Managing Project Deadlines: The Best Tips


13 min read

Managing Project Deadlines

The one-off author Douglas Adams said, “I love deadlines, I like the whooshing sound they make as they fly by.” For a profoundly original talent such as Adams, this was fine, people were prepared to wait, not forever admittedly but at least they cut him some slack. For the less gifted, we are not given such an easy ride. Project deadlines, more importantly, meeting deadlines is vital in the field of management.

For the client, they critically show that you can deliver the promised goods by the promised time. It demonstrates professionalism and organization and it is one of the main reasons that clients return or recommend your business. Meeting deadlines adds to your reputation, it shows reliability and allows the client to depend on you. On the back of your guarantee, they can plan release, marketing, promotion, sales, etc.

Positives and Negatives


For your business, not only will a reputation for meeting deadlines help you grow but deadlines can also help you function. They focus the workforce, provide motivation and a definite direction of travel. Hit deadlines increase morale, team spirit and encourage greater productivity on the whole. Deadlines allow you to plan ahead, structure the business and organize resources.


Meeting deadlines is one of those unusual gifts that is a positive of all sides. That’s the good news. The bad news is that not meeting the deadlines, or even struggling to meet deadlines has a very negative impact, on all involved.

First, we need to analyze why the deadline has been missed, then we can put it right.

Missed Deadline: The reasons

If we know why project deadlines are being missed, then surely we can put it right. Before we discuss it, let’s get realistic for a second. At some point, for some reason, deadlines will be missed – it happens in all fields in all walks of life. Sometimes, even the best managers can’t help the crazy circumstances. The problems really come when project deadlines are missed regularly, this is serious and the consequences for your business can be fatal. So the first question to ask yourself is if anything could have been done to avoid the situation. In the vast, vast majority of projects, the answer is Yes. Reflect on it honestly, analyze and most importantly do something about it.

  • Acts of God

There really shouldn’t be many of these, they are absolutely exceptional circumstances.

  • External Factors

These are the issues with clients or other bureaucracy that you have less control over, not that this is taken into consideration.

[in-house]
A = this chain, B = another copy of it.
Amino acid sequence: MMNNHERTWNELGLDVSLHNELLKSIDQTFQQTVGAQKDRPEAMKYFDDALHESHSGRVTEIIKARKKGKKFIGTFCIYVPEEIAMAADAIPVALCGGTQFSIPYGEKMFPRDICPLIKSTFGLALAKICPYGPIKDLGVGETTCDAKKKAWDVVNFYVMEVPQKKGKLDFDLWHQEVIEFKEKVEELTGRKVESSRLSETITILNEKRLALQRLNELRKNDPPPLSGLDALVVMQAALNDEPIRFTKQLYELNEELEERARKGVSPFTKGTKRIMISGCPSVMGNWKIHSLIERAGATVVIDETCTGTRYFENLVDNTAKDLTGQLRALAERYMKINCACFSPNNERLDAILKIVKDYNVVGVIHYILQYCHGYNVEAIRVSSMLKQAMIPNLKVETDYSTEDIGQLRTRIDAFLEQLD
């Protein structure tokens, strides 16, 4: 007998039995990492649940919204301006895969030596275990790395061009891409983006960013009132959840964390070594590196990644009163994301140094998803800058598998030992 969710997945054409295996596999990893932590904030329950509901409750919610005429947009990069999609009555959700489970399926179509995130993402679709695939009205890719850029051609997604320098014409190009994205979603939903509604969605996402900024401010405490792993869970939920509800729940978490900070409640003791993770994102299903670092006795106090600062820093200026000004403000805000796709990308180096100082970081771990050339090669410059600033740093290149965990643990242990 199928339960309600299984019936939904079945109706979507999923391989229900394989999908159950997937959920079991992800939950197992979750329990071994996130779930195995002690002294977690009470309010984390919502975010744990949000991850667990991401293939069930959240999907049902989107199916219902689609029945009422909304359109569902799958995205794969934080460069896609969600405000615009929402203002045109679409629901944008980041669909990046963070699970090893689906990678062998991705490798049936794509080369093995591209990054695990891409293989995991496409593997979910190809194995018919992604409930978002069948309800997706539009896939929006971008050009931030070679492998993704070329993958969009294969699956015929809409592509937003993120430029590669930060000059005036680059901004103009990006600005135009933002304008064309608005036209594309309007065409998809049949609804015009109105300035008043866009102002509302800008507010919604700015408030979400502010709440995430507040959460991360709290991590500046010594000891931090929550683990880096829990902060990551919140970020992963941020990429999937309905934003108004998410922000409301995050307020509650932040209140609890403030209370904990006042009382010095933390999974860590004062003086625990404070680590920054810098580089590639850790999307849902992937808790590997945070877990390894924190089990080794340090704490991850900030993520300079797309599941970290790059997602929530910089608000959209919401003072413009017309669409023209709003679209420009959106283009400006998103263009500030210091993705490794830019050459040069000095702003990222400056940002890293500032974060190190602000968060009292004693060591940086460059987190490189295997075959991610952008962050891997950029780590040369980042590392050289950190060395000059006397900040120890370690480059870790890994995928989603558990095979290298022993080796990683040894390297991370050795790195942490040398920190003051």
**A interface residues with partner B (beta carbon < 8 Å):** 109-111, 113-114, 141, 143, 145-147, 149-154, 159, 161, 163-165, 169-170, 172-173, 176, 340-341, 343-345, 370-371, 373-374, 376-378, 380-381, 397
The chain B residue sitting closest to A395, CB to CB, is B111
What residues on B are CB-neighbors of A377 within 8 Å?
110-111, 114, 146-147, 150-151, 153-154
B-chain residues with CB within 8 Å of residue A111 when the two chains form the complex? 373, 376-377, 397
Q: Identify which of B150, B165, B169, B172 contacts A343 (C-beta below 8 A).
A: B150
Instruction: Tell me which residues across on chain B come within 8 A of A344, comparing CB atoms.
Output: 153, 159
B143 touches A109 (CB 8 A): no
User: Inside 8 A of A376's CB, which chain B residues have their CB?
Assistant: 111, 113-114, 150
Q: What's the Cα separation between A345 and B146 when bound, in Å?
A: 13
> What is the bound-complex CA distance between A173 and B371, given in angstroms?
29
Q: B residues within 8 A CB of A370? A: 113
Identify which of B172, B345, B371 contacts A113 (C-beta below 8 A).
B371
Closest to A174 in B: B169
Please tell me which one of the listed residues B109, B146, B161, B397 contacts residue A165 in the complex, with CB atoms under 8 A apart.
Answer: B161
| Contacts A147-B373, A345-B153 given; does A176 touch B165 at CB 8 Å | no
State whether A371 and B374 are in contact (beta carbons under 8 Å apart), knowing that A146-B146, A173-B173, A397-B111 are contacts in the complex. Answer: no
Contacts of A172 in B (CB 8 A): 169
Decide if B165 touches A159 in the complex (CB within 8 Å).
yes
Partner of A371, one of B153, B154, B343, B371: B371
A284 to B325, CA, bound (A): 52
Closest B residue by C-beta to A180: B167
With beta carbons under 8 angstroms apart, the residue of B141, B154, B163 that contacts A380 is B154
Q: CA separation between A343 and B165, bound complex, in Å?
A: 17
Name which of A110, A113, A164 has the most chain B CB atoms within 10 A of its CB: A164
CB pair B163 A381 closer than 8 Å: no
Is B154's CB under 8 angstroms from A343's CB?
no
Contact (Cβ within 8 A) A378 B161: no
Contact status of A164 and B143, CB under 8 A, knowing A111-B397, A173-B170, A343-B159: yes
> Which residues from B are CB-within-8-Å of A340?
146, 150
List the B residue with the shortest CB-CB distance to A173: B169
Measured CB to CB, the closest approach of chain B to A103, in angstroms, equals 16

• Bureaucracy e.g. waiting for review and approval
  • Unclear instructions and guidelines
  • Unclear information
  • Delays due to lack of client input, or timely feedback
  • Scope Creep – client adds additional tasks

Whilst these factors are mainly client-based, your communication and original planning should minimize these hold-ups.

  • Internal Factors

These factors are the main source of concern for you as they reflect directly on your management skills.

  • Bad time management –¬† including starting the project late, being lax about the deadlines
  • Poor planning – including task breakdown, task allocation, and over-committing
  • Weak organization – including prioritization, dealing with problems, distractions, and competing project requirements
  • Offering unrealistic promises and deadlines – risks of poor quality product
  • Lack of resources – budgets, staff, or technical

These factors often cross over to one another and snowball into problems for your whole business.


Tips for Managing Project Deadlines Before the Start

1. Pre-Planning: Discussions with Clients

The most critical aspect in meeting any project deadline is planning.

Pre-planning – the discussions and negotiations with the client before the project is even agreed. The key to making a good plan is the amount and quality of information you have at hand before you start. As a manager, you need enough information to be able to give an accurate estimate as possible on both time and budget, and the more information you have the better. Whilst this is in part down to the client, it is your job to communicate and ask the questions that will make everything clear. As a professional, you should know all the things you need to know before embarking on the project journey. This is the only way you can even vaguely estimate the project deadline.

You need to know the goals and aims of the project, and some details of the scope required. This way you can plan out the required tasks, estimate the time and effort needed, plan the resources and enter negotiations with a realistic plan.

2. Project Deadline Negotiation